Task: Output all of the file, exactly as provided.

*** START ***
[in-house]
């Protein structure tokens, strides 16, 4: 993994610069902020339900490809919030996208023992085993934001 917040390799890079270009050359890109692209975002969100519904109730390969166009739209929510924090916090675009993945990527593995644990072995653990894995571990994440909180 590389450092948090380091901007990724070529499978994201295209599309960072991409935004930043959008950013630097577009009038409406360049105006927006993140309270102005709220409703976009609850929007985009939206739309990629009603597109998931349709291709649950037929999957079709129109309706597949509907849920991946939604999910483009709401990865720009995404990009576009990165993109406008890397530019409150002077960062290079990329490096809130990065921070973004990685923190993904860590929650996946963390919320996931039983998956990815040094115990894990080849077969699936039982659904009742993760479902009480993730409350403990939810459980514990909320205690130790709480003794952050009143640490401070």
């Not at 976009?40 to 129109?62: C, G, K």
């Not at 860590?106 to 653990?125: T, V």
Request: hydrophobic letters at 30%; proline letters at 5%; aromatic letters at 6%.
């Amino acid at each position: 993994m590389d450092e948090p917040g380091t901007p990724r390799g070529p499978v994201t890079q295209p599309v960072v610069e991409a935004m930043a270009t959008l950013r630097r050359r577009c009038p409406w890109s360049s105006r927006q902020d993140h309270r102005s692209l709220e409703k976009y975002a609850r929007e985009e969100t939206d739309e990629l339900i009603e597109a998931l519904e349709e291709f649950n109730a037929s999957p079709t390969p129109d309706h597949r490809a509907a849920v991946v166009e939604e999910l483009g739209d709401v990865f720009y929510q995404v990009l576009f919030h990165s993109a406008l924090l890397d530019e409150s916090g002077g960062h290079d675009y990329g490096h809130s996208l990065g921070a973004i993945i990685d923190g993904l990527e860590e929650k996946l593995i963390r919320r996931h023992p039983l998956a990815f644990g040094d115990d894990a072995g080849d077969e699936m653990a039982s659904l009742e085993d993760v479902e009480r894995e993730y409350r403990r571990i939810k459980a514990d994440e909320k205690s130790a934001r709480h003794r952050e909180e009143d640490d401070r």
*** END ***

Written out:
[in-house]
């Protein structure tokens, strides 16, 4: 993994610069902020339900490809919030996208023992085993934001 917040390799890079270009050359890109692209975002969100519904109730390969166009739209929510924090916090675009993945990527593995644990072995653990894995571990994440909180 590389450092948090380091901007990724070529499978994201295209599309960072991409935004930043959008950013630097577009009038409406360049105006927006993140309270102005709220409703976009609850929007985009939206739309990629009603597109998931349709291709649950037929999957079709129109309706597949509907849920991946939604999910483009709401990865720009995404990009576009990165993109406008890397530019409150002077960062290079990329490096809130990065921070973004990685923190993904860590929650996946963390919320996931039983998956990815040094115990894990080849077969699936039982659904009742993760479902009480993730409350403990939810459980514990909320205690130790709480003794952050009143640490401070």
């Not at 976009?40 to 129109?62: C, G, K």
């Not at 860590?106 to 653990?125: T, V």
Request: hydrophobic letters at 30%; proline letters at 5%; aromatic letters at 6%.
């Amino acid at each position: 993994m590389d450092e948090p917040g380091t901007p990724r390799g070529p499978v994201t890079q295209p599309v960072v610069e991409a935004m930043a270009t959008l950013r630097r050359r577009c009038p409406w890109s360049s105006r927006q902020d993140h309270r102005s692209l709220e409703k976009y975002a609850r929007e985009e969100t939206d739309e990629l339900i009603e597109a998931l519904e349709e291709f649950n109730a037929s999957p079709t390969p129109d309706h597949r490809a509907a849920v991946v166009e939604e999910l483009g739209d709401v990865f720009y929510q995404v990009l576009f919030h990165s993109a406008l924090l890397d530019e409150s916090g002077g960062h290079d675009y990329g490096h809130s996208l990065g921070a973004i993945i990685d923190g993904l990527e860590e929650k996946l593995i963390r919320r996931h023992p039983l998956a990815f644990g040094d115990d894990a072995g080849d077969e699936m653990a039982s659904l009742e085993d993760v479902e009480r894995e993730y409350r403990r571990i939810k459980a514990d994440e909320k205690s130790a934001r709480h003794r952050e909180e009143d640490d401070r």